Welfare economics, which was developed from the 1930s on (by Hicks, Kaldor, Samuelson…), was once a major field of economic theory, but now seems absent from academic curricula – except perhaps in its offshoot of cost-benefit analysis and in the parallel field of social choice theory (Arrow, Sen…). Welfare economists were interested in developing criteria for government intervention in case of market failure, which they saw everywhere. However, the main conclusion of welfare economics was finally that there is no purely scientific criteria, only moral ones – that is, criteria imposed by the value judgments of some dictator or politically dominant group. On this, see my article “Social Welfare, State Intervention, and Value Judgments,” The Independent Review 11(1) (Summer 2006), pp. 19-36; and ” One could say that public choice theory (“politics without romance,” as Buchanan said) destroyed welfare economics; from another perspective, that welfare economics sowed the seeds of its own irrelevance. See “The Vacuity of the Political ‘We’,” Library of Economics and Liberty, October 6, 2014. Yet, proving that government intervention and redistribution cannot be based on scientific criteria is a crucial result, which would justify bringing welfare economics back to the forefront of academic concerns. Economists (and policy makers) cannot meaningfully talk about public policy without referring to welfare economics.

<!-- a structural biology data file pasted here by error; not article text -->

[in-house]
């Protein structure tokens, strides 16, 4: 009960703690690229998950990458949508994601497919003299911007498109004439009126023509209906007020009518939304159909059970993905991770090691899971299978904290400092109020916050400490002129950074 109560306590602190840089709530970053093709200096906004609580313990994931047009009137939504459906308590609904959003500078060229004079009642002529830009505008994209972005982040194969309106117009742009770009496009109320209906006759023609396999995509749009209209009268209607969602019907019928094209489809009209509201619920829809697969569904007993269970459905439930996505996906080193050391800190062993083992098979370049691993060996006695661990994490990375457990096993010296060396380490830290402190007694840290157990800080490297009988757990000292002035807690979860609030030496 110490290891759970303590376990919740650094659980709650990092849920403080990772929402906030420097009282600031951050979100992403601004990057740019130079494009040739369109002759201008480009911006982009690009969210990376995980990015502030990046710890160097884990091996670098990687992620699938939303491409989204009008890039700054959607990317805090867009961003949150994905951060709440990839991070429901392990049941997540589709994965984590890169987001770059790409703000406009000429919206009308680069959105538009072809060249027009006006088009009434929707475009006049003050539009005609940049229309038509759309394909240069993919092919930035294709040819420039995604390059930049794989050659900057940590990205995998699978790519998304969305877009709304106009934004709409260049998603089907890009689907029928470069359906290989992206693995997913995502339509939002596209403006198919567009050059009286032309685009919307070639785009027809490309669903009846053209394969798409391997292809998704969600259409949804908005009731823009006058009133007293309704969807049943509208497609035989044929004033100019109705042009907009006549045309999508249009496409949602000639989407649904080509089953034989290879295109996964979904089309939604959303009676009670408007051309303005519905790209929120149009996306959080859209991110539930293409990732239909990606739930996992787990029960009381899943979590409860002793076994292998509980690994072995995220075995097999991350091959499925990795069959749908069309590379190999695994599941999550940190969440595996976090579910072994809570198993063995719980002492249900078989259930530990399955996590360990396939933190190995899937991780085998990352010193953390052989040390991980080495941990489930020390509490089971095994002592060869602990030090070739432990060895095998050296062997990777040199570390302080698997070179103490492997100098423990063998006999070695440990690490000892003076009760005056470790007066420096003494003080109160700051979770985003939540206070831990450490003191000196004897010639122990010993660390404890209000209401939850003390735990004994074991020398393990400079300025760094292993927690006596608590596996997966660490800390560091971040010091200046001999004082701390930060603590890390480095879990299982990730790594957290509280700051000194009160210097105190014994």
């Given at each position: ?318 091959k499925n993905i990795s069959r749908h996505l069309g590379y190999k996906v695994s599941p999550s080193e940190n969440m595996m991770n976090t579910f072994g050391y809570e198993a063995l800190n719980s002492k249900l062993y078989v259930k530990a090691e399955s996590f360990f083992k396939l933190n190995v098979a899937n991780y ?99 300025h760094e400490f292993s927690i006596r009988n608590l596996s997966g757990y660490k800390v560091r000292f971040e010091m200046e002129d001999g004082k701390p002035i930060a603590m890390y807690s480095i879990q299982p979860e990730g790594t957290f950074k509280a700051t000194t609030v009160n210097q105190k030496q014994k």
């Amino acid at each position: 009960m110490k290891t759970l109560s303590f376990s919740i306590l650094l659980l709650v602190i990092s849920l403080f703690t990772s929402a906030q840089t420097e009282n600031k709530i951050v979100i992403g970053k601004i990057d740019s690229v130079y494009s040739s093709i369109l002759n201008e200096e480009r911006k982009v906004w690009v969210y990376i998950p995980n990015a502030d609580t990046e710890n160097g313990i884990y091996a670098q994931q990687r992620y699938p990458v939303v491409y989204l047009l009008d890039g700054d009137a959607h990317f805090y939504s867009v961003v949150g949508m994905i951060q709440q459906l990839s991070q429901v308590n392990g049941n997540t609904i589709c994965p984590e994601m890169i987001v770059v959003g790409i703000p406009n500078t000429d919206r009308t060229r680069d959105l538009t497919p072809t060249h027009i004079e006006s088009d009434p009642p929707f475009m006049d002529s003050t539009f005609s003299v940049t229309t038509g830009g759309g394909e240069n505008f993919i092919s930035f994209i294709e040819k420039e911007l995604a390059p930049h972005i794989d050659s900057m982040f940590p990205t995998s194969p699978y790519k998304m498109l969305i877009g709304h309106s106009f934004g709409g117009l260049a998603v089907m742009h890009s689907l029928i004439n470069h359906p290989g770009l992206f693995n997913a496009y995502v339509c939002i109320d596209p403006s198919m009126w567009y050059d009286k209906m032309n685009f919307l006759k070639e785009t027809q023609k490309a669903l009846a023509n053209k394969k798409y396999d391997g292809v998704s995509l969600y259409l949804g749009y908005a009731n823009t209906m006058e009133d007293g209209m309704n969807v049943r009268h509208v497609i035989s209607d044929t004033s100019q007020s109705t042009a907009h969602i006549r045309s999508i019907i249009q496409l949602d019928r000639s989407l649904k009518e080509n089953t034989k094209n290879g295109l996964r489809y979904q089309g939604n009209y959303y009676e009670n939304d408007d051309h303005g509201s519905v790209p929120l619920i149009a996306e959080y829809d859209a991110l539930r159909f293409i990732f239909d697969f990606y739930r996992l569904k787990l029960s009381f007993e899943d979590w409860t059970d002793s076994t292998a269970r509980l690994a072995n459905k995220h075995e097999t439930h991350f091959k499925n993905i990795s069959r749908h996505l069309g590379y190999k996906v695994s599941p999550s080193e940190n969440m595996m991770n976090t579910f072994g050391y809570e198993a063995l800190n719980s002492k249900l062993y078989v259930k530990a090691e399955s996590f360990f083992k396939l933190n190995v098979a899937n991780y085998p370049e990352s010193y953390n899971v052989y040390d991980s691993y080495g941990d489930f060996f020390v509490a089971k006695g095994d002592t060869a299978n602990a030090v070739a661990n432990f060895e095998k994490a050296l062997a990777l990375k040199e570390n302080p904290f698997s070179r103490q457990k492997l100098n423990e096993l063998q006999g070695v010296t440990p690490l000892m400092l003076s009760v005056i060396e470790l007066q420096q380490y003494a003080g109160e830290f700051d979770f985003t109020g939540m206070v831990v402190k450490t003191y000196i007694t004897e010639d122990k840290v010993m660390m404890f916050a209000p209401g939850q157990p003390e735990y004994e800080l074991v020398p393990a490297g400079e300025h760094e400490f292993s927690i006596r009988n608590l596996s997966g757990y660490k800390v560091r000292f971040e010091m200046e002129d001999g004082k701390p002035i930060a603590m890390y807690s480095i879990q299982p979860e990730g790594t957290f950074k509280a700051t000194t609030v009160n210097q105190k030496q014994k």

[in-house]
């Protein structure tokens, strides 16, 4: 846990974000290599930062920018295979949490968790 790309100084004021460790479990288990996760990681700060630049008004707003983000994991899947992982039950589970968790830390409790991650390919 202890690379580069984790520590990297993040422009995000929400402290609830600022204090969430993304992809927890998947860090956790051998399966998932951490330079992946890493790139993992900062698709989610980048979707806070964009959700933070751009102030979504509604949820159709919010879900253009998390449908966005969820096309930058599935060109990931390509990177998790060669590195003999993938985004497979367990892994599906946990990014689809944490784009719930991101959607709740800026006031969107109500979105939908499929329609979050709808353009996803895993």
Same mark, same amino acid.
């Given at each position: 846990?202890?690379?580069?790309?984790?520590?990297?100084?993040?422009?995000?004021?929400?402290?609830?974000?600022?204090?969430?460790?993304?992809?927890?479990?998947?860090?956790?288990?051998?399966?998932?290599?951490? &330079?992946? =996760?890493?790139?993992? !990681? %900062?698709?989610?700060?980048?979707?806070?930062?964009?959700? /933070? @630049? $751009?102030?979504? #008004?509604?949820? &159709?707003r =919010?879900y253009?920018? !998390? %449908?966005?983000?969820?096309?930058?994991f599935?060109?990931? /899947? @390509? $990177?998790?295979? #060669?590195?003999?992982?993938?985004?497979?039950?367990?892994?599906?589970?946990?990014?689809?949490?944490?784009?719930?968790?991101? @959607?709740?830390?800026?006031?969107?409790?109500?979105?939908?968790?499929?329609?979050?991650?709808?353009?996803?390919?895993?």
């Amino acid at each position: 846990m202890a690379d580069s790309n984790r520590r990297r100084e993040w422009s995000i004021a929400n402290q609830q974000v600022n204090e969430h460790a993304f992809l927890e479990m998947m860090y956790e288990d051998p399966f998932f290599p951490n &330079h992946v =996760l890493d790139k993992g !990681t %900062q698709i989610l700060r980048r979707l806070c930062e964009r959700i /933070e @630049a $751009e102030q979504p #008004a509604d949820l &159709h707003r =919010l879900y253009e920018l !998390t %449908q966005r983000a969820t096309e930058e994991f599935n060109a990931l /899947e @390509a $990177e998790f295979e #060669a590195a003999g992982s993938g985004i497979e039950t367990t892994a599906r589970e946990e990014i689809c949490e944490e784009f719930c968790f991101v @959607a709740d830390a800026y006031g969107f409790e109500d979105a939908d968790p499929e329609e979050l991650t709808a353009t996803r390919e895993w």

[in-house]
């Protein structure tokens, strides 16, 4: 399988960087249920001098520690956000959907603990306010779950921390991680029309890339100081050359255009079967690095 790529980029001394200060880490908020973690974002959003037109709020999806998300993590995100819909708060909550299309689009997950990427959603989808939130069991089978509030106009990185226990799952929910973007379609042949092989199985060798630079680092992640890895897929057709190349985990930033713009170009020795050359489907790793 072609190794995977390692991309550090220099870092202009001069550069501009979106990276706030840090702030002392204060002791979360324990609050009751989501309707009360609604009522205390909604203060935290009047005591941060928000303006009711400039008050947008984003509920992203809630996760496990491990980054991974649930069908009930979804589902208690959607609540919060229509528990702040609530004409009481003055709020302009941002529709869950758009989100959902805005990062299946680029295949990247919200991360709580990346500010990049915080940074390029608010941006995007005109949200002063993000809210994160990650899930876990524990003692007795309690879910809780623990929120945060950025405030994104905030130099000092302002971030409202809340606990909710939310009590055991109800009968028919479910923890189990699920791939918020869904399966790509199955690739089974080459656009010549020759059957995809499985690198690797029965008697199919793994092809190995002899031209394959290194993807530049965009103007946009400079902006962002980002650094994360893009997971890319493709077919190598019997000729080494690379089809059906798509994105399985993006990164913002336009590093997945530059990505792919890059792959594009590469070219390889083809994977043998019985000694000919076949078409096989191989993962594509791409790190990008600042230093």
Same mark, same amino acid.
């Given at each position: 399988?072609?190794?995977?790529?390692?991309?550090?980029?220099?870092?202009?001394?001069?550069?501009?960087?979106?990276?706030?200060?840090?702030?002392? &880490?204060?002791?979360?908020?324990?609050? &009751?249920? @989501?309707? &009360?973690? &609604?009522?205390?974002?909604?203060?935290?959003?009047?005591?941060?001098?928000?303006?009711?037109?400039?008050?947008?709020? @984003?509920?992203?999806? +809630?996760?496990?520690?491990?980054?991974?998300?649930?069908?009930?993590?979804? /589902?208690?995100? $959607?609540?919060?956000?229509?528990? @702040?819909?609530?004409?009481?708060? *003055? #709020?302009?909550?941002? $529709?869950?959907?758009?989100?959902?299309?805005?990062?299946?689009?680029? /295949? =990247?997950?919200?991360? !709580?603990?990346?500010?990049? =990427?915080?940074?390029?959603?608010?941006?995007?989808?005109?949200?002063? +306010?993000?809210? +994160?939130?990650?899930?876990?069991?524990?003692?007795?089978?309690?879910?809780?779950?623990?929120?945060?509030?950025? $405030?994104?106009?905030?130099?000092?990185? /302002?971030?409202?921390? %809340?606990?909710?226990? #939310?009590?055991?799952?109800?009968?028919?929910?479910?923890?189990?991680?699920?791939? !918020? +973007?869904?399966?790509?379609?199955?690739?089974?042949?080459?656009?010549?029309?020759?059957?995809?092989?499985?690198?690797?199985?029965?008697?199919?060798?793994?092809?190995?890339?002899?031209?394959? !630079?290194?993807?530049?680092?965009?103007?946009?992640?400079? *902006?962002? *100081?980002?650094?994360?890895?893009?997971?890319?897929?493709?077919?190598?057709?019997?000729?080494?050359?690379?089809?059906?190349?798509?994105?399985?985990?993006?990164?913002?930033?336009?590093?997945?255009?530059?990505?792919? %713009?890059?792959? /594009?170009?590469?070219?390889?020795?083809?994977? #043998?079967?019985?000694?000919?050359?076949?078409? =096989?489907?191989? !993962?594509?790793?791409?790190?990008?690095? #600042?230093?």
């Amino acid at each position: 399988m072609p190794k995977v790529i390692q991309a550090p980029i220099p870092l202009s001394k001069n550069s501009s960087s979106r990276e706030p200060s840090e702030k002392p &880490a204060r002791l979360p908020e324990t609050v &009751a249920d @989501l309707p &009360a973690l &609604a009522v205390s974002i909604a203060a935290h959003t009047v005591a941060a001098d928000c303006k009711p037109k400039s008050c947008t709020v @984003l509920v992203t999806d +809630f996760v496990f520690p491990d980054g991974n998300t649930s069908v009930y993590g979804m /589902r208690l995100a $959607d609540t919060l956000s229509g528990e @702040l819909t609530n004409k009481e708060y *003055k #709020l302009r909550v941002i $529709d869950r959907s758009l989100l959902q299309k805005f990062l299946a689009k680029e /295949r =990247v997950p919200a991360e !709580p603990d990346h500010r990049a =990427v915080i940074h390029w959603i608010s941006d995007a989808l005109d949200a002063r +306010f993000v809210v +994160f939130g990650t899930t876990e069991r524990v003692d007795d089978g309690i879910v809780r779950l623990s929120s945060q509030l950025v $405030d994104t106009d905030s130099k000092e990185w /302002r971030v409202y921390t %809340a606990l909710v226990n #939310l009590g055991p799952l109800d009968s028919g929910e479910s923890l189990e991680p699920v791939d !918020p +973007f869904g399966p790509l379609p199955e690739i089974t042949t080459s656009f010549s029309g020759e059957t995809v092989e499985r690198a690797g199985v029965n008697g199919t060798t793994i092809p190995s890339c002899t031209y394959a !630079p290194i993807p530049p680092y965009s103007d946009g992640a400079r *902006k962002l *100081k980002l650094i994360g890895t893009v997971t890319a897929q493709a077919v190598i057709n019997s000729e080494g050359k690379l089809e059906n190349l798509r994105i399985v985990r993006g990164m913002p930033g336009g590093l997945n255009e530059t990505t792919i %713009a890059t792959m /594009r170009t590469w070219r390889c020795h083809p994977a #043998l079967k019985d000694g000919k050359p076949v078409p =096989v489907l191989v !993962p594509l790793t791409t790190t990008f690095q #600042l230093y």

My foreword to the Laissez Faire Books / Classical Wisdom ebook edition of Aristotle’s Politics (2015)
Reviewing Aristotle’s Politics on Amazon, a reader opined, “even though Aristotle’s ideas are brilliant, I don’t like the way he expresses himself.” Everybody can have his opinion, but this one is problematic. First, Aristotle’s Politics, as it has been handed to us, is quite certainly not exactly what Aristotle wrote or said. Moreover, one is advised to approach with some humility a classic book that is still influential after 25 centuries. In this spirit, I will try to provide some keys about how Politics fits in today’s knowledge of politics, economics, and liberty. Continue reading
Many urban legends circulate about the use of mathematics in economics.
For example, many people think (they have heard that…they know somebody who knew somebody who knew…) that John Maynard Keynes loved and used mathematics. In his 1936 magnum opus, The General Theory of Employment, Interest and Money, Keynes seldom used math. He even attacked economists for using them too much. One can find this by simply reading the General Theory:
It is a great fault of symbolic pseudo-mathematical methods of formalizing a system of economic analysis… Continue reading